FORTRAN source for the LAPACK and BLAS routines which are used by the current version of MOLSCAT are also available locally.

- LAPACK routines (about 385 Kbyte) or Unix "compressed" version (about 112 Kbyte)
- double precision BLAS routines (about 225 Kbyte) or Unix "compressed" version (about 56 Kbyte)

Other routines which may be faster, especially if optimized LAPACK and BLAS are not available include.

- Inversion of symmetric matrices: SYMINV source code
- Eigenvalue/vector routines based on the EISPACK library: source code

Other MOLSCAT source code:

- Time and date routines:
- CPU and wall-clock times are provided by platform-specific routines. For the RS/6000 the following FORTRAN and C routines should replace dummy routines in the distributed version.
- Special potential routines:
- Potentials obtained from ab initio calculations are often expressed
as tabulations of radial coefficients for the angular terms. This
replacement POTENL routine
obtains the radial coefficients from a data set and does
spline interpolation as described in S. Green, J. Chem.
Phys.
**67**, 715 (1977).

In addition to the source code for MOLSCAT available here, source codes and documentation are available from Jeremy Hutson via anonymous ftp. These include the related BOUND program and machine-dependent code for other platforms.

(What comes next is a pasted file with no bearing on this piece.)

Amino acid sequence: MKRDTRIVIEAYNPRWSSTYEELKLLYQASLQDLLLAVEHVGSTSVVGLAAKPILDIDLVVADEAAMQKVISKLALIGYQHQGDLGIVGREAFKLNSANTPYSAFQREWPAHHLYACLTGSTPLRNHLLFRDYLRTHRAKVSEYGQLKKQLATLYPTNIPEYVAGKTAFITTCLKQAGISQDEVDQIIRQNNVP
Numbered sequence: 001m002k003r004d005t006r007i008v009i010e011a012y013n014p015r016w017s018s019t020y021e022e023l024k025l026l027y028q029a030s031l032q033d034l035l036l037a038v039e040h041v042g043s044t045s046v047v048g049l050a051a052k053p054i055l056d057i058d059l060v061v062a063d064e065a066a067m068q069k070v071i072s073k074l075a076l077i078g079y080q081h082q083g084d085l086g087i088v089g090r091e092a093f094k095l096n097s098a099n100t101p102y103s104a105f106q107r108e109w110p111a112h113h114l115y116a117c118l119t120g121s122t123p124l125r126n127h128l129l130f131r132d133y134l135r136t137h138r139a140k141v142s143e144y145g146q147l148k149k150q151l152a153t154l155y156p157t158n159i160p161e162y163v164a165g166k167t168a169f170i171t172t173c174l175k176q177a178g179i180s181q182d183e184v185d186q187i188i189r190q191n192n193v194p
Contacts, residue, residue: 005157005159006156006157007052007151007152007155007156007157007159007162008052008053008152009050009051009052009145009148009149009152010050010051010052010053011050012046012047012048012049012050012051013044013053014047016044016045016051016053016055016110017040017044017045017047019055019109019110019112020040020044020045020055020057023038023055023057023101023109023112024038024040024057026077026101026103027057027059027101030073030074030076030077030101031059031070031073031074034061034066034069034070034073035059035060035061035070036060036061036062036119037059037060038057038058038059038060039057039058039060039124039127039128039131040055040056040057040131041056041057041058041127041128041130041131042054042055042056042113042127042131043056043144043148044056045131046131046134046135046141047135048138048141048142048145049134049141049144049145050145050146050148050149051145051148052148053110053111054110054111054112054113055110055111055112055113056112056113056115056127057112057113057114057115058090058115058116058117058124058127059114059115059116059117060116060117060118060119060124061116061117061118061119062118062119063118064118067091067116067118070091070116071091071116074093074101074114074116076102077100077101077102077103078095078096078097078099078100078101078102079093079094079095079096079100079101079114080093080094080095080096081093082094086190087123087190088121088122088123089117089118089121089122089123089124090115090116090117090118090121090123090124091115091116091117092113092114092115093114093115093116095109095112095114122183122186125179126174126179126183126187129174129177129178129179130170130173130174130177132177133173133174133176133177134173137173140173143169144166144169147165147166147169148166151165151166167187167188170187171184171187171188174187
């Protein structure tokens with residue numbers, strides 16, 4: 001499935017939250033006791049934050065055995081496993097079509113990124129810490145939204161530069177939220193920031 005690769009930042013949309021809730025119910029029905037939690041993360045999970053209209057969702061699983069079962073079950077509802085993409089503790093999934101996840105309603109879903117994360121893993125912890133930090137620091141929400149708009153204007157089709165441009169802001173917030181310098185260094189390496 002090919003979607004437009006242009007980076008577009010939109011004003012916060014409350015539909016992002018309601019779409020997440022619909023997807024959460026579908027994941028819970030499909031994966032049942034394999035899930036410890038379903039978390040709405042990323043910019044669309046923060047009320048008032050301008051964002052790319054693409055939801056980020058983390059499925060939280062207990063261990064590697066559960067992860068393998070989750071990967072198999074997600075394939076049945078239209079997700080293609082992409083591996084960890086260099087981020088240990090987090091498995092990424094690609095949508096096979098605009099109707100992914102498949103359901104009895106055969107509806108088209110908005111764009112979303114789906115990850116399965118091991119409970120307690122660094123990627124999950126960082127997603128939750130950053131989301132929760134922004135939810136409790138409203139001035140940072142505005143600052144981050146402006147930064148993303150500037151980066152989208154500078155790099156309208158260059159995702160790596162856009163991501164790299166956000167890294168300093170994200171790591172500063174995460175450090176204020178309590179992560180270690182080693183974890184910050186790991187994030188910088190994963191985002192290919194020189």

### Sample Test Input Decks and Output Files

These exercise some of the MOLSCAT options and are available below for some of the supported "collision types". A brief description of the calculations found in the tests is available.

- Linear rotor - structureless atom test input and resulting output
- Vibrating diatom - structureless atom test input and resulting output
- Linear rotor - linear rotor test case requires VSTAR and VRTP routines to replace those in the distributed code as well as test input and resulting output
- Symmetric top rotor - structureless atom test case requires a VSTAR potential routine to replace the dummy routine supplied in the distributed code, as well as test input and resulting output
- Asymmetric top rotor - structureless atom test case demonstrates use of the VRTP potential mechanism using the "distributed" version of VRTP with test input and resulting output